On behalf of Riley Ersoff & Shakhnis on Tuesday, August 13, 2019.
Children who were exposed to lead may suffer from intellectual disabilities, affecting their entire future. The disabilities will not go away as they age. Instead, they will have to learn how to compensate for them.
It is possible for children with intellectual disabilities to learn new skills, but doing so will take time. This can make school more challenging, and it makes trying to learn things for work difficult. As a parent of a child who might have been exposed to lead, it is imperative that you know the signs early on so you can to minimize the impacts.
Reduced intellectual capacity
People often speak out their IQ. This has to do with the person’s ability to reason, problem solve, make decisions and learn new things. A child who has a diminished intellectual capacity will be unable to do these things to the same level as their peers. Anyone with an IQ of less than 70 is considered to be intellectually challenged.
Signs can occur early in life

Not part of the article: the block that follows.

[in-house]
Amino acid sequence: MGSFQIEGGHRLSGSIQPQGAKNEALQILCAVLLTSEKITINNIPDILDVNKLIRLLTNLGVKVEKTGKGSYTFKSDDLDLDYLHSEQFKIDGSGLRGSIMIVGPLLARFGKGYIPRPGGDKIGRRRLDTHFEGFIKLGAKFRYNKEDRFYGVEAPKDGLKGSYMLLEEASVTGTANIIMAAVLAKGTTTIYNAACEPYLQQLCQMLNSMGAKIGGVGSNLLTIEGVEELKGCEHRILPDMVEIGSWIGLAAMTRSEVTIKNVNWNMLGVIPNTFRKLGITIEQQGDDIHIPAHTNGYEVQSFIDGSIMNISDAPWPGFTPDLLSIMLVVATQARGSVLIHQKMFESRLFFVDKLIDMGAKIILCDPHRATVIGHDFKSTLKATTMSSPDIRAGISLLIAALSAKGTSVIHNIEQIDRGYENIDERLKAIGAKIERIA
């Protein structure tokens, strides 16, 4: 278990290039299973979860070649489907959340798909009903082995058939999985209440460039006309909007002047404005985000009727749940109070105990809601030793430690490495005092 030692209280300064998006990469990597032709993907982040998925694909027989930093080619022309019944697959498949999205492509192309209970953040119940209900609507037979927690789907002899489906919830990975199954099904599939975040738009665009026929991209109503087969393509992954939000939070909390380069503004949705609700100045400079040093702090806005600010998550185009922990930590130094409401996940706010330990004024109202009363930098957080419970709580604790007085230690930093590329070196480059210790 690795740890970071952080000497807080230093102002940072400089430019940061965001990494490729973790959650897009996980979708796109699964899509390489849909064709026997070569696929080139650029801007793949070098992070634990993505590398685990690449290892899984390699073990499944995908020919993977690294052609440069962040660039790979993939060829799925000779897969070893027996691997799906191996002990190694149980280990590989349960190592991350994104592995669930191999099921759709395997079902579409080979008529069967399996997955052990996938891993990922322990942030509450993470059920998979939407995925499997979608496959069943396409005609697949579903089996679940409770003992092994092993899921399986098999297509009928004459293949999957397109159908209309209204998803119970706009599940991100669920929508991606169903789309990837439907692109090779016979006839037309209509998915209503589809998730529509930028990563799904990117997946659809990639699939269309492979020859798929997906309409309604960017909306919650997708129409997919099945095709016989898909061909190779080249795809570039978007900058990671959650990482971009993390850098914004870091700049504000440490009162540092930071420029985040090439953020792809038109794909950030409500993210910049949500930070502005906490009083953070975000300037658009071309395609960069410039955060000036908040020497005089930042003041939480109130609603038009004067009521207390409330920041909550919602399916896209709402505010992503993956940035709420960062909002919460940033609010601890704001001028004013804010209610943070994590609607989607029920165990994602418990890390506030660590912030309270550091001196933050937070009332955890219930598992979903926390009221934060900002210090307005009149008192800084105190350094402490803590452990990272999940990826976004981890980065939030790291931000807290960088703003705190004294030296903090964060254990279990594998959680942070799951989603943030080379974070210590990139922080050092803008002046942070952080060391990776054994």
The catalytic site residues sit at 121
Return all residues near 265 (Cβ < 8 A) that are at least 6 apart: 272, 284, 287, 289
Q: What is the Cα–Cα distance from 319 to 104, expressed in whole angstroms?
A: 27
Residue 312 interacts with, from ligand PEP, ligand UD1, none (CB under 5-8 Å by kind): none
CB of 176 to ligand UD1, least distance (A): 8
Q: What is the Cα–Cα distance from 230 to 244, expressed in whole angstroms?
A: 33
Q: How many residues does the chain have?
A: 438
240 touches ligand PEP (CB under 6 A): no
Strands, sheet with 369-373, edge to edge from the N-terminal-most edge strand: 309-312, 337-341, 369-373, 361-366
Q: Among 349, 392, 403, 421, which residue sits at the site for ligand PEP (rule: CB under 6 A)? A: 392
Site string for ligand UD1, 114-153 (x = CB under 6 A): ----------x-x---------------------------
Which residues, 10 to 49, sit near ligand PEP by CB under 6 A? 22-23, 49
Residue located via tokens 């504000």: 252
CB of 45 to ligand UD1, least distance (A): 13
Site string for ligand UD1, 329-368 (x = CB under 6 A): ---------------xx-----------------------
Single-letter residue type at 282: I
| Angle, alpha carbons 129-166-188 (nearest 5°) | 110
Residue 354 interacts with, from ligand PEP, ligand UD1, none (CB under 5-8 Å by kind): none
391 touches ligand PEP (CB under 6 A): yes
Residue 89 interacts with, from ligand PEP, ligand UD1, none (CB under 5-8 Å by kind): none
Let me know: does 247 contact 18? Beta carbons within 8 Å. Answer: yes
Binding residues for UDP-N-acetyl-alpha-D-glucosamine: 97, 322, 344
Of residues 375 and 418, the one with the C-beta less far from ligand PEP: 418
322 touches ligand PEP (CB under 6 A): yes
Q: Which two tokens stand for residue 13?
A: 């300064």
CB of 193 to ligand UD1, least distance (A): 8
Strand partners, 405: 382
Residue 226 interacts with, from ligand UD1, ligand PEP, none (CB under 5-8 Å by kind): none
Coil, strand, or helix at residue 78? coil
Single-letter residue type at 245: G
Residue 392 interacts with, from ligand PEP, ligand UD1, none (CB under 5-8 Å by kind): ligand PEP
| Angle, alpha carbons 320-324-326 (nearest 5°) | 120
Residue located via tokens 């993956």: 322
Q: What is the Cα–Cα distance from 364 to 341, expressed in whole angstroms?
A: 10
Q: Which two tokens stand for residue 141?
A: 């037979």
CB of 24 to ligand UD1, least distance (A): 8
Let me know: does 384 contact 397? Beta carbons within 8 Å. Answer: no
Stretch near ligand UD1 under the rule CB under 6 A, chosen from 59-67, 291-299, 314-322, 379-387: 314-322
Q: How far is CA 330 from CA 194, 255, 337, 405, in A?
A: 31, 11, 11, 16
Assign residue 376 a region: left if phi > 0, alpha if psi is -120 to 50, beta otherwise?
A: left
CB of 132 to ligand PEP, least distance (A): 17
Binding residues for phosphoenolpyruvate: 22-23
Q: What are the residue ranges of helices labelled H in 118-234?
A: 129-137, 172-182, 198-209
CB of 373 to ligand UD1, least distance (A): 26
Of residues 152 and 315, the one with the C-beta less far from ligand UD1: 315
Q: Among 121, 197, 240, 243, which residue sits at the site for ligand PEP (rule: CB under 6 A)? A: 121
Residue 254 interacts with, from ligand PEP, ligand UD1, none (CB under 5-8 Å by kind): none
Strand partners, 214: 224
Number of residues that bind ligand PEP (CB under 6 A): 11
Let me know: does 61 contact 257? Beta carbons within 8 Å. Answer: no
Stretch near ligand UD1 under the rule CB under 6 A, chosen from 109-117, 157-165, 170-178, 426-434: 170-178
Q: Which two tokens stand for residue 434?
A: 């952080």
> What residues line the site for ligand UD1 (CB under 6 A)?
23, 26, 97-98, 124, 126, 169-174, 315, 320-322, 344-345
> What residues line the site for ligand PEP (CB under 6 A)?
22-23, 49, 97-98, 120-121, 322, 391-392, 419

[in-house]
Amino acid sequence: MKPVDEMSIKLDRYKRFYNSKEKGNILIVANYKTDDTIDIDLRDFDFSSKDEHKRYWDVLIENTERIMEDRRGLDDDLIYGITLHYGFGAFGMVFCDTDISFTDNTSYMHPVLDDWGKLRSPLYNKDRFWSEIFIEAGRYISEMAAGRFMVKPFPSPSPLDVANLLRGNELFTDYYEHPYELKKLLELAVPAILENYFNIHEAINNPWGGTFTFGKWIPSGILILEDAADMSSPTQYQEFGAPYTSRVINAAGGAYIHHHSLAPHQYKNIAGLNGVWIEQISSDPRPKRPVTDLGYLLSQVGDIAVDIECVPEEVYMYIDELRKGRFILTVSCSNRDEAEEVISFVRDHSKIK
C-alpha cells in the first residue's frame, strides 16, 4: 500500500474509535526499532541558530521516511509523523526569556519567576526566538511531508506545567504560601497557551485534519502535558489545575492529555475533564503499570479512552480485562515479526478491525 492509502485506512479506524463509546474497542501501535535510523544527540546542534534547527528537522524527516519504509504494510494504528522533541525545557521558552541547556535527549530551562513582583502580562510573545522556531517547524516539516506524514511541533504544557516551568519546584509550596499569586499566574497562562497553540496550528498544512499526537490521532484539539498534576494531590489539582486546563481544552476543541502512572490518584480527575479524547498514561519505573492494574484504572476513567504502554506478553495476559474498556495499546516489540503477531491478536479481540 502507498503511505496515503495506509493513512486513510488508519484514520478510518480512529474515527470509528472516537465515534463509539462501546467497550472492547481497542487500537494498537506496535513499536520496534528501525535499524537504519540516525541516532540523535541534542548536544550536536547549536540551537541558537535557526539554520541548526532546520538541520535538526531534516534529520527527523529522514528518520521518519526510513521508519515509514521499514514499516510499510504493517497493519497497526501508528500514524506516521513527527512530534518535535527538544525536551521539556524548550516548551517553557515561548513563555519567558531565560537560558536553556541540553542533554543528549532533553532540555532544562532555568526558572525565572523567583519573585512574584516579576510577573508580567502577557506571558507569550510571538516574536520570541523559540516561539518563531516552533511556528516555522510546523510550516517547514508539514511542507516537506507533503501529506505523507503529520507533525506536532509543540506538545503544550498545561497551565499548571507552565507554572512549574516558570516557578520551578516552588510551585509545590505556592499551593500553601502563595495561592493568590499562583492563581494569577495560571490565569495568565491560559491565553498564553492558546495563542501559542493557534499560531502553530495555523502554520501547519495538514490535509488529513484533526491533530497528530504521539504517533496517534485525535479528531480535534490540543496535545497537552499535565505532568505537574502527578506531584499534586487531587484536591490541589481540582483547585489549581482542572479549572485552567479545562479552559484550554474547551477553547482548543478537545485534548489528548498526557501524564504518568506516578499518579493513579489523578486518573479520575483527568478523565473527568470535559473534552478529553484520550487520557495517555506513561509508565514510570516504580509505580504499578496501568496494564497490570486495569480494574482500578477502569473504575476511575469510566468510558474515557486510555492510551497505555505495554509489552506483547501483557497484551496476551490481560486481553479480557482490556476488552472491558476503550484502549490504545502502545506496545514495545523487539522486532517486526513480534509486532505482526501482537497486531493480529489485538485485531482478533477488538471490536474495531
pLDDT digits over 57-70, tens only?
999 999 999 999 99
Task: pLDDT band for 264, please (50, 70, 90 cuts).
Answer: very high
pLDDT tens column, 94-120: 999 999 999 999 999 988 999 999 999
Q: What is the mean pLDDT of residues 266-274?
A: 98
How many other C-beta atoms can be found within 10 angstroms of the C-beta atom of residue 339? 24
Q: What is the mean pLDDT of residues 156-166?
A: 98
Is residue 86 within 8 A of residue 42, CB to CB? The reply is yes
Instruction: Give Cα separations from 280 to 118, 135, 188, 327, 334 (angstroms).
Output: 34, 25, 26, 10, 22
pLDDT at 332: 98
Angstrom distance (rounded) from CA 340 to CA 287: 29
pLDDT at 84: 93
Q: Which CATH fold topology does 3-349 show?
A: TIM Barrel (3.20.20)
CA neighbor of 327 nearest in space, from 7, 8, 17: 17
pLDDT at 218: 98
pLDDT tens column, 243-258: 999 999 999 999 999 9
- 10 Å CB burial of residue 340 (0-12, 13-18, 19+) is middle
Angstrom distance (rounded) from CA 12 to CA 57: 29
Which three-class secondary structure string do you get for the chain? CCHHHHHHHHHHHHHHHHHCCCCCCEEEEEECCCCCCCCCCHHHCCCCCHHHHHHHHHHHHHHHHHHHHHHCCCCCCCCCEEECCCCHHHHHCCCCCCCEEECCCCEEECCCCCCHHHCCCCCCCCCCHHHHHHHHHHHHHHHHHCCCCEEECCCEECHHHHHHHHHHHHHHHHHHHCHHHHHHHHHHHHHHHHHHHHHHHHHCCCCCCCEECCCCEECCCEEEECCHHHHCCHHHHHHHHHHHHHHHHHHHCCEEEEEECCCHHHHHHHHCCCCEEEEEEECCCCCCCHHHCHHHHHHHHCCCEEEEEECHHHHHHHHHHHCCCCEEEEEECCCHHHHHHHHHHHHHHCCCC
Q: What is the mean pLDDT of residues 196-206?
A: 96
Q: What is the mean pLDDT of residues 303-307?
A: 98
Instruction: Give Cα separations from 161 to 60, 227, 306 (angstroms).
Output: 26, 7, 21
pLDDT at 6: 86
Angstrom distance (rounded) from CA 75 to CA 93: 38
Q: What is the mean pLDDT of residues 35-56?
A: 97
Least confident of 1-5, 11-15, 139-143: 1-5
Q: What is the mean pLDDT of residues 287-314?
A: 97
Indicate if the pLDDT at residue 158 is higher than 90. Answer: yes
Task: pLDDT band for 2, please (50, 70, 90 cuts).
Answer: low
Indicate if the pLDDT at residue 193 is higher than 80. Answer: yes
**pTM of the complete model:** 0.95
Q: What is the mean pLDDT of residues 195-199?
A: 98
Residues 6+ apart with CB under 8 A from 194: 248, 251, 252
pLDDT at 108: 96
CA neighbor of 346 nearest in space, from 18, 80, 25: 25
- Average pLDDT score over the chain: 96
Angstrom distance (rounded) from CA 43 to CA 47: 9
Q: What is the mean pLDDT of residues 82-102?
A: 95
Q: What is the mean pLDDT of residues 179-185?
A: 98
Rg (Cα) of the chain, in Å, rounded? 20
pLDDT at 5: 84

As early as infancy, parents might notice signs that something is amiss. You might hear people speak about milestones that the children should reach. If these aren’t met within the standard time frame, the kid may be suffering from an intellectual disability. Some signs to look for include:
- Crawling, sitting and walking at a later time than their peers
- Difficulties relaying thoughts to others
- Trouble talking or starting to talk late
- Problem-solving and logical thinking difficulties
- Inability to do daily self-care tasks without assistance
- Not being able to link consequences to actions
Effects of these disabilities
The severity of the disability plays a significant role in how the person will have to cope throughout life. In the most serious cases, they will be unable to live alone. For others, they will require accommodations during school and work to help them learn the information they need to know.
For the parents, this can be a rather difficult situation when the cause is exposure to lead. The child might need extensive medical care and therapy. This can be costly, so some parents seek compensation to help cover the expenses that come from the effects of the exposure to lead.